Data were recorded with the patients seated in a dental chair with the Frankfort horizontal plane parallel to the ground. Electromyographic activity of left and right masseter and temporal muscles was recorded during maximum voluntary clench on a film with a thickness of 0.020" (ParafilmM; Structure Probe Inc., Menasha, WI, USA). Subjects were asked to clench the teeth in the intercuspal position as tightly as possible. During the endurance test, acoustic feedback on EMG activity level was provided to the subject in order to maintain isometric contraction of the masticatory muscles. Three recording tasks were performed during the same session, on each subject, with a resting period of 2 min after each evaluation. Seven seconds of EMG activity per task were recorded for each channel (muscle), but only the median interval of 5 s (71%) was used to quantify the EMG signal. In addition, EMG data were normalized by the maximum voluntary contraction of reference (MVRC), resulting in a percentage of the maximum reference contraction based on estimated marginal means. Maximum voluntary contraction for each muscle was calculated as the mean of three maximal clenches in the intercuspal position (5-second duration). The bilaterally measured EMG activity was the sum of the data obtained from the right and left masseter as well as the right and left temporalis29.

Medial mandibular flexure analyses

Impressions of the occlusal and incisal regions of the mandibular first molars of each subject were obtained by using a bite fork (George Gauge; Great Lakes Orthodontics Ltd., Tonawanda, NY, USA) as a tray for the vinyl polysiloxane putty material (Flexitime; Heraeus Kulzer GmbH, Hanau, Hessen, Germany). Impressions of each subject's occlusion were carried out in three mandibular positions: relative rest position (minimum mouth opening for impression procedure), maximum opening and maximum protrusion23. After the clinical session, the impressions obtained and a digital calipers with the measuring head set at 10-mm-width were scanned in a standardized fashion (HP ScanJet 6100 C/T; Hewlett Packard Co, Houston, TX, USA) at fashion at 200% magnification and 300 dpi resolution. The images were analyzed to select two anatomical reference points located at the occlusal surface of the contralateral first molars. Analysis was performed by one previously calibrated observer. These reference points were recorded using the Adobe Photoshop 4.0 software tools (Adobe Systems Inc., San Jose, CA, USA). The width of the dental arch in each mandibular position was measured considering the intermolar linear distance set between these anatomical reference points by using the Image Tool software (University of Texas Health Science Center, San Antonio, TX, USA). The same procedure was carried out three times and a mean width of the dental arch in each position was obtained. MMF in maximum opening (MMFO) and protrusion (MMFP) were calculated by subtracting the width of the respective arch from the value obtained at the resting position22,23.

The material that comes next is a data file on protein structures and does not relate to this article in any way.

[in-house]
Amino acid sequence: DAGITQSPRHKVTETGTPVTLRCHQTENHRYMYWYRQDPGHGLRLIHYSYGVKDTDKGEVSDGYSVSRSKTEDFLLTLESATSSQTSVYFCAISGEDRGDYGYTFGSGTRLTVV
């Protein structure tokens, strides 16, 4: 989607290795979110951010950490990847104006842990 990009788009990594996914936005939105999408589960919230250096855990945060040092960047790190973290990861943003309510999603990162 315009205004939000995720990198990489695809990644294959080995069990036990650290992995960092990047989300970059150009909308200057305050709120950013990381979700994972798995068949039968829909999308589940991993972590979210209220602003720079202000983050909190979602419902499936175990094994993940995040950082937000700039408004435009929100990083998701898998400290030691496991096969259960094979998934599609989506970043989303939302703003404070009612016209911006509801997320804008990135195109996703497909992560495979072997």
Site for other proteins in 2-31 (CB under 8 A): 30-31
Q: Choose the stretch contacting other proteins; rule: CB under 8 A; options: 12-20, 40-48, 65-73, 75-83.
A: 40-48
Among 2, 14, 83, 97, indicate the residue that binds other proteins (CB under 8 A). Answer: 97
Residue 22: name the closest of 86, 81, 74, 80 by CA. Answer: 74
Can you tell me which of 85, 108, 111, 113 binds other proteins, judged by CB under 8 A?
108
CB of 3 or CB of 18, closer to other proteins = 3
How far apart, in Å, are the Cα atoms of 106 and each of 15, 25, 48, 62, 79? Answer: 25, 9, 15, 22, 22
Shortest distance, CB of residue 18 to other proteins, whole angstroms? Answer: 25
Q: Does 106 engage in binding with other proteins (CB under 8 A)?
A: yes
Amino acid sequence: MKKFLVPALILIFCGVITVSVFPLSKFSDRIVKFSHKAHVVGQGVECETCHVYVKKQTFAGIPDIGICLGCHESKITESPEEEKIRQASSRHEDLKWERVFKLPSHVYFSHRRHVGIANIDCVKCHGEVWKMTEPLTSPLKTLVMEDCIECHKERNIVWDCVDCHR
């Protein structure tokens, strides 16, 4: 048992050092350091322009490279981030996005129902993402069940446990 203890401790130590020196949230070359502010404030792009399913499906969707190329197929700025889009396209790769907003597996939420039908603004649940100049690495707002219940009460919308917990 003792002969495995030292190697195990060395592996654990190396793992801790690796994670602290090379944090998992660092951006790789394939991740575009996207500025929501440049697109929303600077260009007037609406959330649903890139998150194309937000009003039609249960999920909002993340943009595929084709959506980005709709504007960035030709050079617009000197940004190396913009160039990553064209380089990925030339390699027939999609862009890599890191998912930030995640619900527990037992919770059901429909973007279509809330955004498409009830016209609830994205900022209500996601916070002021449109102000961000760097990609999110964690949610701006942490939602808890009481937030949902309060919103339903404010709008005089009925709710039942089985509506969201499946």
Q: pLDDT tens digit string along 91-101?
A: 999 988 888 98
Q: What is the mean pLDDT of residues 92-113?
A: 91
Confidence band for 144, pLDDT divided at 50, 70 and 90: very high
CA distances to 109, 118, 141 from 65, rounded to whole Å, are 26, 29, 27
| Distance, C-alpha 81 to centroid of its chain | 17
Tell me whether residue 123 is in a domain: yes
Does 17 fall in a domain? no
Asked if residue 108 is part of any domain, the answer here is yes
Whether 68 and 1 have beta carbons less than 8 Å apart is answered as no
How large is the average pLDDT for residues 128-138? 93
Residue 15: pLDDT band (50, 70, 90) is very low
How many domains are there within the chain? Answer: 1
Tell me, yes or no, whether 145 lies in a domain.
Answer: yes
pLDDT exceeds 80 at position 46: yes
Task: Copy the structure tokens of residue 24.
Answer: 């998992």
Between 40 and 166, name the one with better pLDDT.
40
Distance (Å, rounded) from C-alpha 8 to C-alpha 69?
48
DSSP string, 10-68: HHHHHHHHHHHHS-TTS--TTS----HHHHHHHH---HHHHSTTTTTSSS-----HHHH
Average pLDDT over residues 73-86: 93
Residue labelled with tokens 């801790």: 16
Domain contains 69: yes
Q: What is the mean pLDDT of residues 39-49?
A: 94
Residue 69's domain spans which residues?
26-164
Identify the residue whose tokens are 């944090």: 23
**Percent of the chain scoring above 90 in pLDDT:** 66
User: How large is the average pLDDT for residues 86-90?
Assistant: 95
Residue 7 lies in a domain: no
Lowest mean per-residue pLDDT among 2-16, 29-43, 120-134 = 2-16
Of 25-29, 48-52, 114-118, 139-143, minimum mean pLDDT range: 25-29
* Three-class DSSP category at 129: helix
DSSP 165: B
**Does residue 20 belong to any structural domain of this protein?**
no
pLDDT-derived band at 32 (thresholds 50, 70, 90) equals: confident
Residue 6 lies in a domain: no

Statistical analysis

The comparison of MOF, masseter and temporal EMG activity and MMF in both positions among groups was assessed by one-way ANOVA. The normality of error distribution and the degree of non-constant variance were checked for each response variable using the SAS/LAB package (SAS software 8.01, SAS Institute Inc., Cary, NC, USA) and data were transformed according to Box, et al.2 (1978). Masseter EMG activity data were transformed to the inverse (1/Ra) and temporal EMG data was exponentially transformed; MOF and MMFO data were transformed by a logarithmic function (log10) and MMFP to square root. Post-ANOVA comparisons were performed using Tukey HSD test. SAS software was used for all analysis and the significance limit was set at 5%.